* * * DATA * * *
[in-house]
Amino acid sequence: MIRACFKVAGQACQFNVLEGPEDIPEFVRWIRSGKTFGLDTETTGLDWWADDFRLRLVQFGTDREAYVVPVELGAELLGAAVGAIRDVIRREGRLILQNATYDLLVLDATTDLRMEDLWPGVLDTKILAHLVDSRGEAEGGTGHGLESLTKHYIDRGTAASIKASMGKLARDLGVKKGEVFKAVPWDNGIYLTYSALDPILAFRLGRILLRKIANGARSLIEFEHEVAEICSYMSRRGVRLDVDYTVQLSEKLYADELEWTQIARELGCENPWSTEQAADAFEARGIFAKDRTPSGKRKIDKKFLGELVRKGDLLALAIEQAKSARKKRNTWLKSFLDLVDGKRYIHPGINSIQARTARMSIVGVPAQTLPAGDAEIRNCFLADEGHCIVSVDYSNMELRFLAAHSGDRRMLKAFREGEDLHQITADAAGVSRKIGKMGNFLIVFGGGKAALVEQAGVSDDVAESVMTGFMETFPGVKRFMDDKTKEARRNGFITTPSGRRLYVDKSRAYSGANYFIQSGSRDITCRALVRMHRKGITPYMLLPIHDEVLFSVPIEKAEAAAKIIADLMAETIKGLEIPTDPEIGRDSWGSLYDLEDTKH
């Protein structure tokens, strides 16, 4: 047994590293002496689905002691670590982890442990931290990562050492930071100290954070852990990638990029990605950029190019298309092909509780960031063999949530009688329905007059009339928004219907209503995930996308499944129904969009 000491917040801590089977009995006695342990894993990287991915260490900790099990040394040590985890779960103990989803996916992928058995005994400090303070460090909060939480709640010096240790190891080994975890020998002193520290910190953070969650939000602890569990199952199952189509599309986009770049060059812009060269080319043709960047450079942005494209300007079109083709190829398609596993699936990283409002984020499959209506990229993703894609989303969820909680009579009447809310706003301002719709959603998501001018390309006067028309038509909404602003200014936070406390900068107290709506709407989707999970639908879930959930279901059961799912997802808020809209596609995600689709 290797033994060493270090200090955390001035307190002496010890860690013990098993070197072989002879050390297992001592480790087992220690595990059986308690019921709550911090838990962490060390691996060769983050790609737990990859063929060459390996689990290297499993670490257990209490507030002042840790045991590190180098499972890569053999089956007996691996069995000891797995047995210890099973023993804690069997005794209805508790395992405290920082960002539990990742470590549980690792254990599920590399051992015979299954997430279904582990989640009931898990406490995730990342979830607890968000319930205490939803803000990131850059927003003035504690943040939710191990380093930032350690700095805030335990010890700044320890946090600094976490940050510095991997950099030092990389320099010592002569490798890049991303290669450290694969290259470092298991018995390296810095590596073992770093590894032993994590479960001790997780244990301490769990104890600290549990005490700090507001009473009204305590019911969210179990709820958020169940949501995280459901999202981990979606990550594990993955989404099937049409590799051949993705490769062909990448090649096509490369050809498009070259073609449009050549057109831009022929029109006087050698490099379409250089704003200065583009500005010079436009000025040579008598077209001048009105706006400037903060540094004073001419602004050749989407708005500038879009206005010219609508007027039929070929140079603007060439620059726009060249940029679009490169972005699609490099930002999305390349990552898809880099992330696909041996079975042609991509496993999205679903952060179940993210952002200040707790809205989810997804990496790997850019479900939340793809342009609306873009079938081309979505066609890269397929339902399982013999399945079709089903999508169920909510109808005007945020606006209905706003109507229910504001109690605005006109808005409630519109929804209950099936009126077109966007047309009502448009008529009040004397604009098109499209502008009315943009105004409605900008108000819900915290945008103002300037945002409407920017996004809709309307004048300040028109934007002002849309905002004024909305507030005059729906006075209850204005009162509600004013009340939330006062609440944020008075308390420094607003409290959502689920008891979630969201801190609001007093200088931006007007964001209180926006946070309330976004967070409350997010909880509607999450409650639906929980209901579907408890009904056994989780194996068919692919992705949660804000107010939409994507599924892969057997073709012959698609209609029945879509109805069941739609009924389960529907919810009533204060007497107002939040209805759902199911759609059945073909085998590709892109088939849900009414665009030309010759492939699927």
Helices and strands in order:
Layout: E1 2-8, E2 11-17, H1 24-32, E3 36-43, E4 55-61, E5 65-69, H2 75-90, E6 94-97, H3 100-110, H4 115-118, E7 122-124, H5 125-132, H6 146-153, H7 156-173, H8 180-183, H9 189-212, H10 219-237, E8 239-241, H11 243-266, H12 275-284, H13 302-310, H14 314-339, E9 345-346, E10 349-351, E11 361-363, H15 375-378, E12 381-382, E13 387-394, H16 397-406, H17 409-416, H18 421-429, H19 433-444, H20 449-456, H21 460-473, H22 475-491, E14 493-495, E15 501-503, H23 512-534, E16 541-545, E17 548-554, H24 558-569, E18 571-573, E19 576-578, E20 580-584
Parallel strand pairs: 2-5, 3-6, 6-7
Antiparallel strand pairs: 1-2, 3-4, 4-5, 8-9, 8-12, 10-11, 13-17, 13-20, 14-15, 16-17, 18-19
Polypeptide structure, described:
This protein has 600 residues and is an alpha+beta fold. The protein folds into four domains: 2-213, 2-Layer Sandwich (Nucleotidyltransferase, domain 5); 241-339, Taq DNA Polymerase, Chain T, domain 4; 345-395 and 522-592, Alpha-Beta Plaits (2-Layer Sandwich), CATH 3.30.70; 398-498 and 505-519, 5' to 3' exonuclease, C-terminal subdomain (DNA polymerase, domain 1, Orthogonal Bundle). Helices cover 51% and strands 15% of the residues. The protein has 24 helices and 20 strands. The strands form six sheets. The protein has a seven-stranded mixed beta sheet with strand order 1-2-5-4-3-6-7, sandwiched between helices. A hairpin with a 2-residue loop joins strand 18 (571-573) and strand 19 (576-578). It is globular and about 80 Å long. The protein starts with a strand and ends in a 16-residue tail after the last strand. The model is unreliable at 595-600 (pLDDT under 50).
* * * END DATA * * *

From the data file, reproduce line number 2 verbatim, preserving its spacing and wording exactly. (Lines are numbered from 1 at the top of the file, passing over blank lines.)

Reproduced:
Amino acid sequence: MIRACFKVAGQACQFNVLEGPEDIPEFVRWIRSGKTFGLDTETTGLDWWADDFRLRLVQFGTDREAYVVPVELGAELLGAAVGAIRDVIRREGRLILQNATYDLLVLDATTDLRMEDLWPGVLDTKILAHLVDSRGEAEGGTGHGLESLTKHYIDRGTAASIKASMGKLARDLGVKKGEVFKAVPWDNGIYLTYSALDPILAFRLGRILLRKIANGARSLIEFEHEVAEICSYMSRRGVRLDVDYTVQLSEKLYADELEWTQIARELGCENPWSTEQAADAFEARGIFAKDRTPSGKRKIDKKFLGELVRKGDLLALAIEQAKSARKKRNTWLKSFLDLVDGKRYIHPGINSIQARTARMSIVGVPAQTLPAGDAEIRNCFLADEGHCIVSVDYSNMELRFLAAHSGDRRMLKAFREGEDLHQITADAAGVSRKIGKMGNFLIVFGGGKAALVEQAGVSDDVAESVMTGFMETFPGVKRFMDDKTKEARRNGFITTPSGRRLYVDKSRAYSGANYFIQSGSRDITCRALVRMHRKGITPYMLLPIHDEVLFSVPIEKAEAAAKIIADLMAETIKGLEIPTDPEIGRDSWGSLYDLEDTKH